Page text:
Replacing HDD in Toshiba T3200SX

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There are not many laptops that can offer worse experience of replacing a hard drive. I got this T3200SX from a friend of mine and he gave me also a 120MB Conner hard drive. The machine itself had a working 40MB Conner drive, but I decided that it would be nice to have more disk space. I thought that it could take just a few minutes in a machine of this size… but I was wrong.

The hard drive replacement involves dismantling the lid, peeling off the LED board labels and removing the gas-plasma screen. Once you do all of this, you can finally remove the top cover and access the hard drive. The screws holding the drive are nicely hidden behind cables and connectors that block access to them. I think the whole process took me 30-40 minutes, but at least I was successful. This was even a bit worse that replacing a hard drive in a 12-inch iBook G4 (which is also very painful).

The already installed drive (in a different machine) could not boot. My T3200SX has an older BIOS version that does not know the 120MB drive. Thankfully, there is the ANYDRIVE utility, so I was able to install the BIOS overlay in the drive’s MBR and everything is working now (btw if you install ANYDRIVE on a drive that has only one partition that uses all the space on the drive, you can install the utility without losing the data, even though this is not mentioned in the README file).

My T3200SX has just 3MB of RAM (1MB on-board, 2x1MB in SIMMs). You might think that I can upgrade it easily with any standard SIMM, but that is not true. The machine is very picky, and it fires an “extended parity error” with every module I tried. So, although the computer has six standard memory slots, I must stick with 3MB of memory. The machine specs are: 16-MHz Intel 386SX, 3MB RAM, 120MB HDD, 640×480 gas-plasma display… the two ISA slots are empty and waiting for a network interface and a sound card.

Repairing IBM PS/2 P70 before Bytefest

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I shared a photo of computers we brought to Bytefest (a vintage computer show in Czech Republic). IBM PS/2 P70 was one of those which needed fixing before the show. In this case, there were issues with an Alps floppy drive and power supply. I have to admit that this was one of the most painful disassemblies we did.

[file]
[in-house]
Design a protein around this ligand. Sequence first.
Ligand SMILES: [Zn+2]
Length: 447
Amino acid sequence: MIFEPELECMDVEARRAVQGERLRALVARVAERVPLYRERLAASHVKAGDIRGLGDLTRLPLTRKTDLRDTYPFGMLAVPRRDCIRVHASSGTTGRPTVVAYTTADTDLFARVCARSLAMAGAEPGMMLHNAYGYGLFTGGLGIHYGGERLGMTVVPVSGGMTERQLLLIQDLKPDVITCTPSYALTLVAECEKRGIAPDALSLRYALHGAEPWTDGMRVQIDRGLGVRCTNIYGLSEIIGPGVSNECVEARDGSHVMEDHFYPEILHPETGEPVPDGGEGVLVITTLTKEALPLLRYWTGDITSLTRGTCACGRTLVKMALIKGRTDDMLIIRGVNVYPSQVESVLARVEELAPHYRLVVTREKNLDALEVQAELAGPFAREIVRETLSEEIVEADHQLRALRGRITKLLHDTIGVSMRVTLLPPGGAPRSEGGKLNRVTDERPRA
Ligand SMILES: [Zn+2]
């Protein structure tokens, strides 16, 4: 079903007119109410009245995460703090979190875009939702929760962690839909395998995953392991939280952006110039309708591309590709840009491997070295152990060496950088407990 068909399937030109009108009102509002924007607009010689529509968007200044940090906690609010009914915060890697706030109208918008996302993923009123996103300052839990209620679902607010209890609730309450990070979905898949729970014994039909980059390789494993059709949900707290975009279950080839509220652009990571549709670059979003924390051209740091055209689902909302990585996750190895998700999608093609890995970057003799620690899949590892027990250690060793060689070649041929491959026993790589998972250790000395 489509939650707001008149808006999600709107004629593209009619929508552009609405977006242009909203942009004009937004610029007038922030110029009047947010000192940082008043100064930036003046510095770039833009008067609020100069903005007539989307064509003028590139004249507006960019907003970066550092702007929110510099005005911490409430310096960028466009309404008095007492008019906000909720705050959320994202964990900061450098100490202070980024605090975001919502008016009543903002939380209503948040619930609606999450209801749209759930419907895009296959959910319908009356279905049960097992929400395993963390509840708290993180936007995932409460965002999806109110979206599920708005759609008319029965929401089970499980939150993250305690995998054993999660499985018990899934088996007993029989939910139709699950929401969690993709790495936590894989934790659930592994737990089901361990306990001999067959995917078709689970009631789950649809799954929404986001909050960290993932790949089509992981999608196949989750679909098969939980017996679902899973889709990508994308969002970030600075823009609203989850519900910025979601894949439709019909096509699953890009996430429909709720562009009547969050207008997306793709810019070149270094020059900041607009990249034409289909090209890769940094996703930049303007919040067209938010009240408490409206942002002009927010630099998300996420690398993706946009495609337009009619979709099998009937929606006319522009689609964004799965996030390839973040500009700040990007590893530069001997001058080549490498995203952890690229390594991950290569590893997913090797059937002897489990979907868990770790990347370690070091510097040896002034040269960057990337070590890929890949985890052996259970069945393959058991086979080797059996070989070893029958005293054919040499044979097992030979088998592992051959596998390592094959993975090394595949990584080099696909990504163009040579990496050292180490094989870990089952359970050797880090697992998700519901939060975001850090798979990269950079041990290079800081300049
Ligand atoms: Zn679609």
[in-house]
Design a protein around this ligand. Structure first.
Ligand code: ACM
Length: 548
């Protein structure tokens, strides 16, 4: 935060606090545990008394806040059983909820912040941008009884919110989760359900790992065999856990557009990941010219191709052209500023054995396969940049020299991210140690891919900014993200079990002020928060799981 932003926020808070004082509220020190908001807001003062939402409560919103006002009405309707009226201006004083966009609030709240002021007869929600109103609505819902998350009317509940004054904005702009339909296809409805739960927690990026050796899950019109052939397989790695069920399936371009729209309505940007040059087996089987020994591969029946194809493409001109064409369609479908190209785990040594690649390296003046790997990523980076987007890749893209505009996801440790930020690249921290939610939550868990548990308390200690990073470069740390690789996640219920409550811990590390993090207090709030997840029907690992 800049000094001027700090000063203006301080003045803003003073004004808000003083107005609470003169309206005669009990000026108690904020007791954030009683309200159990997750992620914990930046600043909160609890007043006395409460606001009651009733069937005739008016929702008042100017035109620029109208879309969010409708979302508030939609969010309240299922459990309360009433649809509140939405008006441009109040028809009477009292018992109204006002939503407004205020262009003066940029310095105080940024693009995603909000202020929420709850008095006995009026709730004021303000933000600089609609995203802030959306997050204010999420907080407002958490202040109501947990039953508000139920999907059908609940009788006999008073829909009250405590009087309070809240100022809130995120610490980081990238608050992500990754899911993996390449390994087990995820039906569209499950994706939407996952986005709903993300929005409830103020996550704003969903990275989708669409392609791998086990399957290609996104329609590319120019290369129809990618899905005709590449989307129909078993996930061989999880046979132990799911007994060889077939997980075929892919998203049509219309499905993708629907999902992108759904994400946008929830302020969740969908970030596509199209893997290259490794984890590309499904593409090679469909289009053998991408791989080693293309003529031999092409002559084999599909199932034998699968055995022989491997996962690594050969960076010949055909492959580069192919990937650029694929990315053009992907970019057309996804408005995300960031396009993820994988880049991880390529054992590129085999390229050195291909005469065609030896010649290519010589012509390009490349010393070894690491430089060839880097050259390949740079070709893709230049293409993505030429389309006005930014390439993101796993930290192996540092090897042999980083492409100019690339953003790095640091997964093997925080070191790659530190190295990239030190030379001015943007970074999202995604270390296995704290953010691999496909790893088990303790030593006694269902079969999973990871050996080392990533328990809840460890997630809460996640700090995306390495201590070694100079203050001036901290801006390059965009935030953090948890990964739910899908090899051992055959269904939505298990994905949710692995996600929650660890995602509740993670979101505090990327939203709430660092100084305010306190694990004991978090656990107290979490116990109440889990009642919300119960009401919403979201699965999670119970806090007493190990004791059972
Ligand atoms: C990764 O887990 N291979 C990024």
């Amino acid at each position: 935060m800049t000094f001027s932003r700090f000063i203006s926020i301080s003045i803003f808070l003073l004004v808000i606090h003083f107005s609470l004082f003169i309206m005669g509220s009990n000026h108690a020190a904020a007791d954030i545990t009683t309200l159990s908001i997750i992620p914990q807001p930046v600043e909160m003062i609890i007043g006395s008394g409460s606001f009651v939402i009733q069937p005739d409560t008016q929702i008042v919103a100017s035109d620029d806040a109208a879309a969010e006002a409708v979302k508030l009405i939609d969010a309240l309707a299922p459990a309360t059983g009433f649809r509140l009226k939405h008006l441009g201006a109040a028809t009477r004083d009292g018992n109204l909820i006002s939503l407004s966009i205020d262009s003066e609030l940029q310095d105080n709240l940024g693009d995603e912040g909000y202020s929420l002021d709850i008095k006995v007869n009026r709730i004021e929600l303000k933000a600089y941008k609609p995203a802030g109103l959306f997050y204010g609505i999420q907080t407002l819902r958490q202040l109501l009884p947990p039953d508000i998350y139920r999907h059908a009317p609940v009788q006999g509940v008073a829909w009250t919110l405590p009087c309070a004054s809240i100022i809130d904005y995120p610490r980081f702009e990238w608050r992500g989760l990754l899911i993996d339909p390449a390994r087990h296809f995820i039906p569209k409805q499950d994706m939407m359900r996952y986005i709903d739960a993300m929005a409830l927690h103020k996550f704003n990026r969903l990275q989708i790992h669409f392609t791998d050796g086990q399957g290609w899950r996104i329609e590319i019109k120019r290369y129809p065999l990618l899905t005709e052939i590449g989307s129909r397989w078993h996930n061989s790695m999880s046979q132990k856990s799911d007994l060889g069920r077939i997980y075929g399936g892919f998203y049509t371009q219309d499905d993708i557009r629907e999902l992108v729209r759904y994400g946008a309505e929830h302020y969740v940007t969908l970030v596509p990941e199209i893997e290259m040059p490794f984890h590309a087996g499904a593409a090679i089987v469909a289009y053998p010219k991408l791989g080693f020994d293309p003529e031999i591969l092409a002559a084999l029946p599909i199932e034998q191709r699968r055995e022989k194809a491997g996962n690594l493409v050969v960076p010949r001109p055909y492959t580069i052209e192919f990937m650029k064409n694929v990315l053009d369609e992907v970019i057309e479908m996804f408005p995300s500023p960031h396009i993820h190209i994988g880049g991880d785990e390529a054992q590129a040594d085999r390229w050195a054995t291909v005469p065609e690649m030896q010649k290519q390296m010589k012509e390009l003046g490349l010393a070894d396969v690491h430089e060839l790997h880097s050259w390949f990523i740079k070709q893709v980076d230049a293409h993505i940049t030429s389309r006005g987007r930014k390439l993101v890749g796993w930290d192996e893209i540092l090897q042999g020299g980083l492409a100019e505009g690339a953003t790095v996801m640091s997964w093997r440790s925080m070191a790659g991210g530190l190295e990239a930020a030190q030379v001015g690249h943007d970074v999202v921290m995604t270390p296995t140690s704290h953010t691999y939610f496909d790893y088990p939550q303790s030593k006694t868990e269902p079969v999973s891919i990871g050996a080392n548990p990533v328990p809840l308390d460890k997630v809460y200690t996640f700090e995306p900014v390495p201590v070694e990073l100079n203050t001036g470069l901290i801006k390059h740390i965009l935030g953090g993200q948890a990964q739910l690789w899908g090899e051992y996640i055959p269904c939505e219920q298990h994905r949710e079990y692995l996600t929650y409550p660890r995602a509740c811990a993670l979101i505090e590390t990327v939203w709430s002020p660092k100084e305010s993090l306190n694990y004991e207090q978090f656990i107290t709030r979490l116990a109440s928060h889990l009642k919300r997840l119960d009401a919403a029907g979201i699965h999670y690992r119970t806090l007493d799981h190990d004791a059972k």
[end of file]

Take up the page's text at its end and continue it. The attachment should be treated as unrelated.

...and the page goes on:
This is a dream machine for a user but total nightmare for maintenance. One example – it was necessary to disassemble a half of the unit just to connect a floppy cable back to the drive.

Windows 3.1 on Gas-Plasma Displays

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Windows 3.1 running on IBM PS/2 P70 with the gas-plasma display. There was a special color scheme included with Windows 3.x specifically targeted for use with this type of screens (to minimize the screen burning effect).

Laptop Display Troubles

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IBM PS/2 Model P70 (1989) on the left side and Toshiba T2200SX (1991) on the right side. The IBM machine is equipped with a gas-plasma display and Toshiba has a typical side-lit passive-matrix LCD. The photo can hardly show how superior the plasma screen is. Its black is so deep that it cannot be beaten with any modern LCD. It is as fast as CRT monitors (unlike passive-matrix LCDs with 300ms response time) and as sharp as active-matrix LCDs (that were introduced a year after this machine).

There are no plasma screens in laptops today so where was the catch? It was in power consumption which was significantly higher. Typical machine with a gas-plasma display was either AC-only or with battery life usually up to one hour. Active matrix displays started to be affordable in 1992-1993 and with their color capability and lower power consumption they pushed plasma screens out of the market. Until then gas-plasma displays were the hi-end choice for many portables.

My P70 in action: